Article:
This encounter has reminded me that our society is a very open society based on trust. Mail order would not work with out trust. Trust that the customer will pay and trust that the seller will provide the goods. Mail order developed in the 1800's. It took a great deal of faith for a pioneer in some bush-wacked back water to send money to Montgomery Ward or Sear Roebuck and expect to receive an item back. The basic trust that people will do what they say they will do is what enabled our economy to explode to the level it is today. These bottom feeders who illegally use credit cards and other forms of deceit are exploiting the basic decency of the average person. They think they are clever and are getting away with something the average person can't understand. The thing is, there are easier ways to make money, and fraud just doesn't pay all that well. Especially when you are caught and have to do time. I knew a guy who was a bank robber. He said that when he averaged out the time he spent in prison against the loot he stole, it worked out to less the $0.35 an hour.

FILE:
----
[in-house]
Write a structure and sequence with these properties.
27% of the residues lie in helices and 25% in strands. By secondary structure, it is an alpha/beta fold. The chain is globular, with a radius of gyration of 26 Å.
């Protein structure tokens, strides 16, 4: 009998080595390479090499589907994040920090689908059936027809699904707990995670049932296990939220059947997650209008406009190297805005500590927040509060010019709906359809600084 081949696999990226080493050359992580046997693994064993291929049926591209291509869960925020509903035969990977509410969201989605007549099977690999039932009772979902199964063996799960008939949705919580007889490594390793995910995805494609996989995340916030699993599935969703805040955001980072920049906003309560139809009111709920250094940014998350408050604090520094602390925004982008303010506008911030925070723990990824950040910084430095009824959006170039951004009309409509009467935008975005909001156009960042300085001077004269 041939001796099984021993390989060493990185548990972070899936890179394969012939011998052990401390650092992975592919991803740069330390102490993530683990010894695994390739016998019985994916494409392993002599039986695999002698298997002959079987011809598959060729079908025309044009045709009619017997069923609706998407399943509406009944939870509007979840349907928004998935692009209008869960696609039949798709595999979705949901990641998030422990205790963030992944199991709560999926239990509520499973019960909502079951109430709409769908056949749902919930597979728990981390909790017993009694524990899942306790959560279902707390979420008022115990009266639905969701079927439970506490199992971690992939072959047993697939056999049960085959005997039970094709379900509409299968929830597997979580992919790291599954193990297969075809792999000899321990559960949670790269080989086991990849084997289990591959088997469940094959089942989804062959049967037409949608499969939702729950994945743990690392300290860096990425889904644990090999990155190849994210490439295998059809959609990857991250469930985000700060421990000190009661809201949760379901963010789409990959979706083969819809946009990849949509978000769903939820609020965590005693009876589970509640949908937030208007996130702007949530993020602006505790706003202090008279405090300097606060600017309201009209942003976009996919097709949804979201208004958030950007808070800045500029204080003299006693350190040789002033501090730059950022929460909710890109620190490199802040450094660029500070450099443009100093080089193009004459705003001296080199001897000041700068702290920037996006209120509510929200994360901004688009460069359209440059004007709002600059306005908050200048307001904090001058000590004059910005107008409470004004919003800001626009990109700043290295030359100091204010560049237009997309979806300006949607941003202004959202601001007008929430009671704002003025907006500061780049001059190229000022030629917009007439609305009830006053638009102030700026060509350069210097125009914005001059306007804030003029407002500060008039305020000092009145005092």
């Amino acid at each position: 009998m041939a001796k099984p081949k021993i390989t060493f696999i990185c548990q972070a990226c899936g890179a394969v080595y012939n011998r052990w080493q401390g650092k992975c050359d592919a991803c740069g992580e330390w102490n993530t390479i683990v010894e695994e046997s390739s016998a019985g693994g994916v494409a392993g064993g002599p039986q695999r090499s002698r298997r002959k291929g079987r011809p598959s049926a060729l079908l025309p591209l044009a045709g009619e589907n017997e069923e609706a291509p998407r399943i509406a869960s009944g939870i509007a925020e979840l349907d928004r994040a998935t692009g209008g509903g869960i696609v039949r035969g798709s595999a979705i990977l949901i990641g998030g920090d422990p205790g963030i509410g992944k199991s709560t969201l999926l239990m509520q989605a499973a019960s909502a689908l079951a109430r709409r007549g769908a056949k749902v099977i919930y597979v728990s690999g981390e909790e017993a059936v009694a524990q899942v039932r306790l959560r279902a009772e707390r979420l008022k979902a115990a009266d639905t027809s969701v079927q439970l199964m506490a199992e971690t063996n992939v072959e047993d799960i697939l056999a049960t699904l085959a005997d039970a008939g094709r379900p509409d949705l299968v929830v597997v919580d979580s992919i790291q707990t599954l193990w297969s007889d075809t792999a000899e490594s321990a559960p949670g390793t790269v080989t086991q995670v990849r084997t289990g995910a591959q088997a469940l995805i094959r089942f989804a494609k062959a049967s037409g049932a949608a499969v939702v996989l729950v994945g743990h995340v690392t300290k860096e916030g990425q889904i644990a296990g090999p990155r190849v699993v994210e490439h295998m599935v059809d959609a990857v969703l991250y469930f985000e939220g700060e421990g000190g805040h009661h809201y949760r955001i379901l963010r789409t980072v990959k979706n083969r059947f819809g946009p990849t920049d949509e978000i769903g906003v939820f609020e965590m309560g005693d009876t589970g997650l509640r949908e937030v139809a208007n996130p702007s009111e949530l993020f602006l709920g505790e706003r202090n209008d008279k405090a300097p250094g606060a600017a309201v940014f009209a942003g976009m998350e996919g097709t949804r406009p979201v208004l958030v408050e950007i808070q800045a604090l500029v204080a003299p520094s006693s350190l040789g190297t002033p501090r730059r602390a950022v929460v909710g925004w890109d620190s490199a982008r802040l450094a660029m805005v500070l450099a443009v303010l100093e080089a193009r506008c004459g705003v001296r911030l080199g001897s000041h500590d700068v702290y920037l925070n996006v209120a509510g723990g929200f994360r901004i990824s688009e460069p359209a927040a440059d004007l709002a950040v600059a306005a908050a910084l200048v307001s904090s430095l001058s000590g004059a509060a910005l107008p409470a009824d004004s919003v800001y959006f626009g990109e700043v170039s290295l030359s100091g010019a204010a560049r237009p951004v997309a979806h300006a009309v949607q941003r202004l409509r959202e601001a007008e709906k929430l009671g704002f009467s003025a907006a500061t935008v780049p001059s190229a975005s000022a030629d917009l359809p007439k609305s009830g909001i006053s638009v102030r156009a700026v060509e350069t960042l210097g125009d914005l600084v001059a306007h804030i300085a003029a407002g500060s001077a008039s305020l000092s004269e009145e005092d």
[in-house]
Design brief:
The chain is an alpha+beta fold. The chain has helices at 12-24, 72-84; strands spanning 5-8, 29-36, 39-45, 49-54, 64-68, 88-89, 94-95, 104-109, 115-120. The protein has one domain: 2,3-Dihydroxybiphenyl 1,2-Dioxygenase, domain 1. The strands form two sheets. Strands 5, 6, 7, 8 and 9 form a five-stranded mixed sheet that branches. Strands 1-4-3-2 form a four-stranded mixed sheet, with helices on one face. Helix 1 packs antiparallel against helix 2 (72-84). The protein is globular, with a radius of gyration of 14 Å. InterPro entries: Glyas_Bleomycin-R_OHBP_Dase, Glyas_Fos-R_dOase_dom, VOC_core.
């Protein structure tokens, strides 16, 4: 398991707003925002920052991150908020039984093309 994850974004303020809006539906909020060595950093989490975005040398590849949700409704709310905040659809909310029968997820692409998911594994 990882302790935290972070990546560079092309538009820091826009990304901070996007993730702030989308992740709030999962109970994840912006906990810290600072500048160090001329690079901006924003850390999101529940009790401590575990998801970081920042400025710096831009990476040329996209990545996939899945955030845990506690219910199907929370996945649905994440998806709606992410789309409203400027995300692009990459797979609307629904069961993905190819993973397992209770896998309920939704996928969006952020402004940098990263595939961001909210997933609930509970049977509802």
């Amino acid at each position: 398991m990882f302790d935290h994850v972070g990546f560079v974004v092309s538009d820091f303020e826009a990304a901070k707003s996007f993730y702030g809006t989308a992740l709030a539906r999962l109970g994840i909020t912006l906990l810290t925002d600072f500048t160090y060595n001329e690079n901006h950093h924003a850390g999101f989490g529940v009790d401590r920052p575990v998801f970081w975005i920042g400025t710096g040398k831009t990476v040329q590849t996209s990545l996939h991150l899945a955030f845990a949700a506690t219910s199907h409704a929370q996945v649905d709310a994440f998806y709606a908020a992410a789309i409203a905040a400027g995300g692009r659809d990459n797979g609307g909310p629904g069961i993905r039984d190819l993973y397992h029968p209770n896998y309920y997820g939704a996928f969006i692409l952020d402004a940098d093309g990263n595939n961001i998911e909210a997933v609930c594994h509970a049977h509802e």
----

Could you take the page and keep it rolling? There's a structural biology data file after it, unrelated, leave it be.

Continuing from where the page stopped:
This whole episode hasn't made me very angry, after all I didn't lose anything, but it has made me sad. In the Middle Ages, what the thief did would have been called an accident of the soul. Without realizing it he has stained his soul and diminished himself in a way which he can't understand. His taint eats away at him, the people who have to work the fraud department at the credit card companies, the sellers who have to suffer the loss, and the credit card holders who have to deal with the aftermath of police reports, affidavits, credit report problems, and a lingering fear that someone may try to damage them this way again. And for what? $308.48 worth of video games.
Monday, August 21, 2006 2:45:20 PM
My Husband and I saw the movie "An Inconvenient Truth" about a month or so go. It was a really good movie, and everyone should see it. When we left the theater we discussed ways we could be more energy efficient and more environmentally conscious. The dark message of impending global environmental disaster was looming large.